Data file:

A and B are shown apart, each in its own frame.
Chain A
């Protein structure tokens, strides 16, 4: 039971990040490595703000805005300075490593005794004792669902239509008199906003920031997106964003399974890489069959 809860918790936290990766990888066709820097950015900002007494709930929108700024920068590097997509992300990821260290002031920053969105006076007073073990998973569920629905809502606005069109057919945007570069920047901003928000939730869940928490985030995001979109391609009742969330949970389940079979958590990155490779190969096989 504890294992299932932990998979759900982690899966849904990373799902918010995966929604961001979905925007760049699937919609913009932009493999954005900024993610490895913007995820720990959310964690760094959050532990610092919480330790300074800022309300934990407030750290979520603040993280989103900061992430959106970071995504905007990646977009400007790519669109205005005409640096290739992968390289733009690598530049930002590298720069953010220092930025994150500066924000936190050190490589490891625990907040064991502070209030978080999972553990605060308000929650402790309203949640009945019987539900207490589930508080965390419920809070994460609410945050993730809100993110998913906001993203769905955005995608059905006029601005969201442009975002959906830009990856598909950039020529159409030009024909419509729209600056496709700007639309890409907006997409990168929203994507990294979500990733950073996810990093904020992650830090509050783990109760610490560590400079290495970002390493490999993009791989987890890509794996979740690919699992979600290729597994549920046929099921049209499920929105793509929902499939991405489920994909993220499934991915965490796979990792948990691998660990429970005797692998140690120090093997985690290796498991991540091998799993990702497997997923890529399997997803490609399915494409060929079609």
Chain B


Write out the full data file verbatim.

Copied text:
A and B are shown apart, each in its own frame.
Chain A
């Protein structure tokens, strides 16, 4: 039971990040490595703000805005300075490593005794004792669902239509008199906003920031997106964003399974890489069959 809860918790936290990766990888066709820097950015900002007494709930929108700024920068590097997509992300990821260290002031920053969105006076007073073990998973569920629905809502606005069109057919945007570069920047901003928000939730869940928490985030995001979109391609009742969330949970389940079979958590990155490779190969096989 504890294992299932932990998979759900982690899966849904990373799902918010995966929604961001979905925007760049699937919609913009932009493999954005900024993610490895913007995820720990959310964690760094959050532990610092919480330790300074800022309300934990407030750290979520603040993280989103900061992430959106970071995504905007990646977009400007790519669109205005005409640096290739992968390289733009690598530049930002590298720069953010220092930025994150500066924000936190050190490589490891625990907040064991502070209030978080999972553990605060308000929650402790309203949640009945019987539900207490589930508080965390419920809070994460609410945050993730809100993110998913906001993203769905955005995608059905006029601005969201442009975002959906830009990856598909950039020529159409030009024909419509729209600056496709700007639309890409907006997409990168929203994507990294979500990733950073996810990093904020992650830090509050783990109760610490560590400079290495970002390493490999993009791989987890890509794996979740690919699992979600290729597994549920046929099921049209499920929105793509929902499939991405489920994909993220499934991915965490796979990792948990691998660990429970005797692998140690120090093997985690290796498991991540091998799993990702497997997923890529399997997803490609399915494409060929079609």
Chain B